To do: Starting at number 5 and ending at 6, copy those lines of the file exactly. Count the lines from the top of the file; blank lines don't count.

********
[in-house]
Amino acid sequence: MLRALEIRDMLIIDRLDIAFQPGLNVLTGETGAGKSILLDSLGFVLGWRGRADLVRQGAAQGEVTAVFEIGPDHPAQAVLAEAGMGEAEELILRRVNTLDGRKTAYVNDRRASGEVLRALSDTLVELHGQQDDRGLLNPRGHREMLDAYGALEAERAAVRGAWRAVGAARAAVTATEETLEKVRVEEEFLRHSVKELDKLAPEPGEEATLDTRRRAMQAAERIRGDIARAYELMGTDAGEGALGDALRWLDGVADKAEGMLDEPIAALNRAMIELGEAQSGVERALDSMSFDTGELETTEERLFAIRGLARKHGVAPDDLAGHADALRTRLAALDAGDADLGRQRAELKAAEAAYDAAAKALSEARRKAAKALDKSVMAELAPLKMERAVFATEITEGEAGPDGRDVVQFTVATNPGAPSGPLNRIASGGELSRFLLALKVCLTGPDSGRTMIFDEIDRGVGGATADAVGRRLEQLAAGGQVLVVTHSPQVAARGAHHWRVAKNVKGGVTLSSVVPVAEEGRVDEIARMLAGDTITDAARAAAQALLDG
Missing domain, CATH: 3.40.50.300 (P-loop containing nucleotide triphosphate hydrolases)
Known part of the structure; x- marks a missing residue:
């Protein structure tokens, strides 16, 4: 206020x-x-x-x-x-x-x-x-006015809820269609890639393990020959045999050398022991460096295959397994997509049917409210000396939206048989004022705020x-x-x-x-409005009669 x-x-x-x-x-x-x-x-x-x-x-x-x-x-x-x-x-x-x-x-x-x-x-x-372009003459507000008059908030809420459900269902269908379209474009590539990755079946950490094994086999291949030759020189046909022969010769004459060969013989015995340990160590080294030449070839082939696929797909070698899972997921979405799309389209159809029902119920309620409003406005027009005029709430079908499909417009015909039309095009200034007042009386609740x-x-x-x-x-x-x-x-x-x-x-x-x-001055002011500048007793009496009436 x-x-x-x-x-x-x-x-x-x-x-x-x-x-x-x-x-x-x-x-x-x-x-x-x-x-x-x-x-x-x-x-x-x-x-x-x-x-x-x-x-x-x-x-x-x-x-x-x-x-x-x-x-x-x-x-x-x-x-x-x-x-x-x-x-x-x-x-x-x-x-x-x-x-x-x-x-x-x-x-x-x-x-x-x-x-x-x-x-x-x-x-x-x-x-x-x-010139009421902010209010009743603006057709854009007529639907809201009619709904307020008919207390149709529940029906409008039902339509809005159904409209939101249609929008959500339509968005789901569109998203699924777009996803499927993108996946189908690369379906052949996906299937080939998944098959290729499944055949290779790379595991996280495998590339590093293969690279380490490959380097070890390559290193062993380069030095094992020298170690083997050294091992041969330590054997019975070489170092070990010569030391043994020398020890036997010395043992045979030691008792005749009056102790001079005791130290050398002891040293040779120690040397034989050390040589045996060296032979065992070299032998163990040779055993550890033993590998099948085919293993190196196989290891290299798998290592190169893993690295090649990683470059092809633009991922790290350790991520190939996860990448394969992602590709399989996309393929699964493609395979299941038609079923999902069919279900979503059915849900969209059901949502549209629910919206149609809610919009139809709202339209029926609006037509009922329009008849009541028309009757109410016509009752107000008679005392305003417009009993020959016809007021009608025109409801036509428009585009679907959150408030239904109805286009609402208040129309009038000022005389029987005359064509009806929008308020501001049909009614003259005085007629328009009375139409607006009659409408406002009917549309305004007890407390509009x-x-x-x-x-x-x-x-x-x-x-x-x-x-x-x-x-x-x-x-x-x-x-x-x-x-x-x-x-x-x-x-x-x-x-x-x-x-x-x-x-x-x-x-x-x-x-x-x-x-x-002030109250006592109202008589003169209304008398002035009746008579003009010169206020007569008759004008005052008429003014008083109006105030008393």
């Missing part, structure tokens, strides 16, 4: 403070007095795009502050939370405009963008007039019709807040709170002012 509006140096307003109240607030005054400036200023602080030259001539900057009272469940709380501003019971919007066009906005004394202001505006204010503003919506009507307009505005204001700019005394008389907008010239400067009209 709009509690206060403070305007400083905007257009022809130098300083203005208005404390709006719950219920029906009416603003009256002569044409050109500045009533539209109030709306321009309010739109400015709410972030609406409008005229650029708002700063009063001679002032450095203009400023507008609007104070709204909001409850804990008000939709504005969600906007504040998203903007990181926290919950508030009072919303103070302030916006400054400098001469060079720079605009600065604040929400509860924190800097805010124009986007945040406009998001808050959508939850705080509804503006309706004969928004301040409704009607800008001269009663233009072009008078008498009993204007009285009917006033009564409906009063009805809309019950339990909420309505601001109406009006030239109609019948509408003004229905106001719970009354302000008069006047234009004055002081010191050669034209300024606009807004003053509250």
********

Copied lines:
């Protein structure tokens, strides 16, 4: 206020x-x-x-x-x-x-x-x-006015809820269609890639393990020959045999050398022991460096295959397994997509049917409210000396939206048989004022705020x-x-x-x-409005009669 x-x-x-x-x-x-x-x-x-x-x-x-x-x-x-x-x-x-x-x-x-x-x-x-372009003459507000008059908030809420459900269902269908379209474009590539990755079946950490094994086999291949030759020189046909022969010769004459060969013989015995340990160590080294030449070839082939696929797909070698899972997921979405799309389209159809029902119920309620409003406005027009005029709430079908499909417009015909039309095009200034007042009386609740x-x-x-x-x-x-x-x-x-x-x-x-x-001055002011500048007793009496009436 x-x-x-x-x-x-x-x-x-x-x-x-x-x-x-x-x-x-x-x-x-x-x-x-x-x-x-x-x-x-x-x-x-x-x-x-x-x-x-x-x-x-x-x-x-x-x-x-x-x-x-x-x-x-x-x-x-x-x-x-x-x-x-x-x-x-x-x-x-x-x-x-x-x-x-x-x-x-x-x-x-x-x-x-x-x-x-x-x-x-x-x-x-x-x-x-x-010139009421902010209010009743603006057709854009007529639907809201009619709904307020008919207390149709529940029906409008039902339509809005159904409209939101249609929008959500339509968005789901569109998203699924777009996803499927993108996946189908690369379906052949996906299937080939998944098959290729499944055949290779790379595991996280495998590339590093293969690279380490490959380097070890390559290193062993380069030095094992020298170690083997050294091992041969330590054997019975070489170092070990010569030391043994020398020890036997010395043992045979030691008792005749009056102790001079005791130290050398002891040293040779120690040397034989050390040589045996060296032979065992070299032998163990040779055993550890033993590998099948085919293993190196196989290891290299798998290592190169893993690295090649990683470059092809633009991922790290350790991520190939996860990448394969992602590709399989996309393929699964493609395979299941038609079923999902069919279900979503059915849900969209059901949502549209629910919206149609809610919009139809709202339209029926609006037509009922329009008849009541028309009757109410016509009752107000008679005392305003417009009993020959016809007021009608025109409801036509428009585009679907959150408030239904109805286009609402208040129309009038000022005389029987005359064509009806929008308020501001049909009614003259005085007629328009009375139409607006009659409408406002009917549309305004007890407390509009x-x-x-x-x-x-x-x-x-x-x-x-x-x-x-x-x-x-x-x-x-x-x-x-x-x-x-x-x-x-x-x-x-x-x-x-x-x-x-x-x-x-x-x-x-x-x-x-x-x-x-002030109250006592109202008589003169209304008398002035009746008579003009010169206020007569008759004008005052008429003014008083109006105030008393």
């Missing part, structure tokens, strides 16, 4: 403070007095795009502050939370405009963008007039019709807040709170002012 509006140096307003109240607030005054400036200023602080030259001539900057009272469940709380501003019971919007066009906005004394202001505006204010503003919506009507307009505005204001700019005394008389907008010239400067009209 709009509690206060403070305007400083905007257009022809130098300083203005208005404390709006719950219920029906009416603003009256002569044409050109500045009533539209109030709306321009309010739109400015709410972030609406409008005229650029708002700063009063001679002032450095203009400023507008609007104070709204909001409850804990008000939709504005969600906007504040998203903007990181926290919950508030009072919303103070302030916006400054400098001469060079720079605009600065604040929400509860924190800097805010124009986007945040406009998001808050959508939850705080509804503006309706004969928004301040409704009607800008001269009663233009072009008078008498009993204007009285009917006033009564409906009063009805809309019950339990909420309505601001109406009006030239109609019948509408003004229905106001719970009354302000008069006047234009004055002081010191050669034209300024606009807004003053509250």